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For some young Americans, Prague is the place to wait out recession. It's a 'Left Bank of the '90s,' a . . . : Land of Opportunity


PRAGUE, Czechoslovakia — Overheard on the Charles Bridge:

"I couldn't believe it, man, I mean, she was beautiful! And she just got up and, like, walked out. . . ."

You can hear it just walking down the streets here, those passing flashes of youthful American English, as emphatic as the sound of a basketball dribbled on concrete, pronounced in bursts of enthusiasm, like . . . declaiming. The love affair. Exhilarating, heart-stopping, complicated, uncertain, but, like . . . love. Americans in love with Prague. Darkly beautiful Prague, as they are given to saying.

And Prague is in love with Americans too, although maybe a little less headlong, just to keep it interesting.

Ten thousand Americans in Czechoslovakia--many of them twentysomethings--is the hip-pocket estimate, although no one, not even the Czechoslovak immigration department, knows for sure. It seems to have happened overnight--and in fact may be just beginning. There was Paris in the '20s; will it be Prague in the '90s?

It appears certain that more Americans are coming. Everyone says that. Everyone here seems to know someone who called last week to ask, "How is it? Can I find a place to stay?"

Well, sure, probably. Travel light, one large backpack, a paid-up credit card. And bring me some Doritos. . . .

I'll call when I get there.

Great. . . . (Yeah, great, more pressure on the apartment situation. . . .)

There are two English-language newspapers in Prague, both started by young Americans perhaps more ambitious than the prototypical backpacker tumbling off the trains, but similar. Recent college graduates, the Americans had launched themselves on what was going to be a year of travel in Europe, a way of waiting out the recession and an anemic U.S. job market. They wound up in Prague, temporarily permanent.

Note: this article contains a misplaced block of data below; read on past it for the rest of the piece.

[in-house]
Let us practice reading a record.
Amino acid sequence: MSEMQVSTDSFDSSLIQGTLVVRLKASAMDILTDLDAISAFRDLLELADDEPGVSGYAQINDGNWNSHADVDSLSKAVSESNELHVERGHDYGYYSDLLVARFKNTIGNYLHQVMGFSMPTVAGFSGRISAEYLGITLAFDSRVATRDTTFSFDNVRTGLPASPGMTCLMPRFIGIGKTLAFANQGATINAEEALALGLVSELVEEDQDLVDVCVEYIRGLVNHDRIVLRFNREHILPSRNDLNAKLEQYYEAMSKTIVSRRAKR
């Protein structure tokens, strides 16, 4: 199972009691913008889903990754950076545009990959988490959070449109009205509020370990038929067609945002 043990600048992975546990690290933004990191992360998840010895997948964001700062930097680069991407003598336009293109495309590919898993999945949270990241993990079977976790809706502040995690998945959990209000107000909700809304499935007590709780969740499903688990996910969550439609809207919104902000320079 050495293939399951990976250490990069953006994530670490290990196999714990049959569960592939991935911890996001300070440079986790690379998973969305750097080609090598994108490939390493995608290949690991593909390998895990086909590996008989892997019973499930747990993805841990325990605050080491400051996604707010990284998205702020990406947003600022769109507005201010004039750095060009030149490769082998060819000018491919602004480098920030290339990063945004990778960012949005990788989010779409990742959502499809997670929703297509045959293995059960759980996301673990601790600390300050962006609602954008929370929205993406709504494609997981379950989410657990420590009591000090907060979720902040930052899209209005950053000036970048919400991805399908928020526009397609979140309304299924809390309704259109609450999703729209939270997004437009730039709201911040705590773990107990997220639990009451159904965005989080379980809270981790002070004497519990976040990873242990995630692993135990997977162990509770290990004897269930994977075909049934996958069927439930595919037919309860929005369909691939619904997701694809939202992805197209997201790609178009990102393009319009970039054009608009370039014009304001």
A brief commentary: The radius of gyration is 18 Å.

The attractions are obvious, advertised by word of mouth along a grapevine of Western European train platforms, cafes, beer halls, pubs, cheap hotels, American Express currency exchange lines.

Prague is beautiful, Prague is cheap. Prague is Vaclav Havel, the playwright-philosopher-president. Prague is the youth-powered "velvet revolution." Prague is post-communist, postmodern history happening, and great beer for a quarter a mug.

"When I saw it," says Lisa Frankenberg, 23, "I fell in love with it. It was s-o-o-o beautiful. I thought, 'I could just stay here.' So I did. There is a fairy-tale magic about it."

Frankenberg, however, is no misty-eyed, latter-day flower child lost in the enchantments of Prague's Gothic towers and shadowy, coiling streets. She is the general manager and part owner of the Prague Post, a weekly English-language paper that is beginning to look as though it has the staying power to outlast passing fads.

But Frankenberg does embody at least one of the more serious attractions of Czechoslovakia for young Americans: It represents, for those with energy and ambition, an open field, a chance to try anything.

"I took advantage of an opportunity I would never gotten at my age in the States," she says.

Like many others, Frankenberg was lured to Prague by its famous aura and by friends--in her case friends from UC Santa Barbara, half a dozen of whom already had plans to launch another newspaper, cloyingly named Prognosis.

The pioneer in this small world, Prognosis drew its staff largely from recent veterans of UC Santa Barbara's Daily Nexus and raised money from parents, friends and friends of parents. It first came out March 1 and was to be published twice monthly and supported by advertising and newsstand sales.

"We raised $17,000 and spent most of it on rent and alcohol," says Frankenberg. "I know because I kept the books."

By July, she and the Prognosis business manager decided to split and start their own newspaper with what Frankenberg believed was a more professional approach. With help from a wealthy Texas investor, they did. The weekly Prague Post has a business section, full-page ads from airlines and aggressive marketing.

Its top editor is 59-year-old Alan Levy, one of the few on the staff who doesn't fit the general twentysomething trend of Americans in Prague. In a column in the first issue, Levy rhapsodized over the whole scene, articulating what was felt by at least some of the new arrivals and sometimes discussed late at night over a jug of Bohemian red.

"We are living in the Left Bank of the '90s," Levy wrote. "For some of us, Prague is Second Chance City; for others, a new frontier where anything goes, everything goes and, often enough, nothing works. Yesterday is long gone, today is nebulous, and who knows about tomorrow, but, somewhere within each of us, we all know that we are living in a historic place at a historic time. Future Hemingways and Fitzgeralds, Audens and Isherwoods, Boswells and Shirers will chronicle our course. . . ."

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